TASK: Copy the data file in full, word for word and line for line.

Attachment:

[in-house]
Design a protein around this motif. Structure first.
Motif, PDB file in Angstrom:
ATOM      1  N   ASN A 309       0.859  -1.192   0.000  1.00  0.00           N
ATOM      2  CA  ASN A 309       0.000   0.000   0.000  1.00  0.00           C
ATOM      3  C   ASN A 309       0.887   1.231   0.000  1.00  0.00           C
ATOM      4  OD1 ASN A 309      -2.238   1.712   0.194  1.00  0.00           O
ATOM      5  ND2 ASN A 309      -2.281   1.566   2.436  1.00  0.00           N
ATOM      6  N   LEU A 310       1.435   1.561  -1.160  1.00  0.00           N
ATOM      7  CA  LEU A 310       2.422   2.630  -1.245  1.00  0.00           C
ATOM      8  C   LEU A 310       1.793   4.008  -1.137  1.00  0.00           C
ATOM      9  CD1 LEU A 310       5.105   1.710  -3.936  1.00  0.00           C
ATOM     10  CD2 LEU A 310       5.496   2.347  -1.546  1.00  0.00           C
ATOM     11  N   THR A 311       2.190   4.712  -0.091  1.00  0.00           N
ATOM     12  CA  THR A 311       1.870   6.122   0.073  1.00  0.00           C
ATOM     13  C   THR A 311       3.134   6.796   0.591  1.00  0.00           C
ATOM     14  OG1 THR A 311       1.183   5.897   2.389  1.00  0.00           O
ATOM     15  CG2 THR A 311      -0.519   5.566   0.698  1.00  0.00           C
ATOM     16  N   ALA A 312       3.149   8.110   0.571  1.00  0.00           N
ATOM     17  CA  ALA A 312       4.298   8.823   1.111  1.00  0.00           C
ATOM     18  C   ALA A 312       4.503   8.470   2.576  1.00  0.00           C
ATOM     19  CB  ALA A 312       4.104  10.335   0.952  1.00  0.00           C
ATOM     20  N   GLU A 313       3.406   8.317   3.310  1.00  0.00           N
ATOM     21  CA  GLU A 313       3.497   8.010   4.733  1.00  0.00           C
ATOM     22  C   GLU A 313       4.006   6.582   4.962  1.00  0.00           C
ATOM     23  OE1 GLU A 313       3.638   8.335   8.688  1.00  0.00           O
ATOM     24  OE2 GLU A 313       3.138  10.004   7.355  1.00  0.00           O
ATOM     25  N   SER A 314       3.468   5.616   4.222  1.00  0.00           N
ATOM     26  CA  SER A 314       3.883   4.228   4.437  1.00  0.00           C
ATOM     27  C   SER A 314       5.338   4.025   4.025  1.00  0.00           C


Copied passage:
[in-house]
Design a protein around this motif. Structure first.
Motif, PDB file in Angstrom:
ATOM      1  N   ASN A 309       0.859  -1.192   0.000  1.00  0.00           N
ATOM      2  CA  ASN A 309       0.000   0.000   0.000  1.00  0.00           C
ATOM      3  C   ASN A 309       0.887   1.231   0.000  1.00  0.00           C
ATOM      4  OD1 ASN A 309      -2.238   1.712   0.194  1.00  0.00           O
ATOM      5  ND2 ASN A 309      -2.281   1.566   2.436  1.00  0.00           N
ATOM      6  N   LEU A 310       1.435   1.561  -1.160  1.00  0.00           N
ATOM      7  CA  LEU A 310       2.422   2.630  -1.245  1.00  0.00           C
ATOM      8  C   LEU A 310       1.793   4.008  -1.137  1.00  0.00           C
ATOM      9  CD1 LEU A 310       5.105   1.710  -3.936  1.00  0.00           C
ATOM     10  CD2 LEU A 310       5.496   2.347  -1.546  1.00  0.00           C
ATOM     11  N   THR A 311       2.190   4.712  -0.091  1.00  0.00           N
ATOM     12  CA  THR A 311       1.870   6.122   0.073  1.00  0.00           C
ATOM     13  C   THR A 311       3.134   6.796   0.591  1.00  0.00           C
ATOM     14  OG1 THR A 311       1.183   5.897   2.389  1.00  0.00           O
ATOM     15  CG2 THR A 311      -0.519   5.566   0.698  1.00  0.00           C
ATOM     16  N   ALA A 312       3.149   8.110   0.571  1.00  0.00           N
ATOM     17  CA  ALA A 312       4.298   8.823   1.111  1.00  0.00           C
ATOM     18  C   ALA A 312       4.503   8.470   2.576  1.00  0.00           C
ATOM     19  CB  ALA A 312       4.104  10.335   0.952  1.00  0.00           C
ATOM     20  N   GLU A 313       3.406   8.317   3.310  1.00  0.00           N
ATOM     21  CA  GLU A 313       3.497   8.010   4.733  1.00  0.00           C
ATOM     22  C   GLU A 313       4.006   6.582   4.962  1.00  0.00           C
ATOM     23  OE1 GLU A 313       3.638   8.335   8.688  1.00  0.00           O
ATOM     24  OE2 GLU A 313       3.138  10.004   7.355  1.00  0.00           O
ATOM     25  N   SER A 314       3.468   5.616   4.222  1.00  0.00           N
ATOM     26  CA  SER A 314       3.883   4.228   4.437  1.00  0.00           C
ATOM     27  C   SER A 314       5.338   4.025   4.025  1.00  0.00           C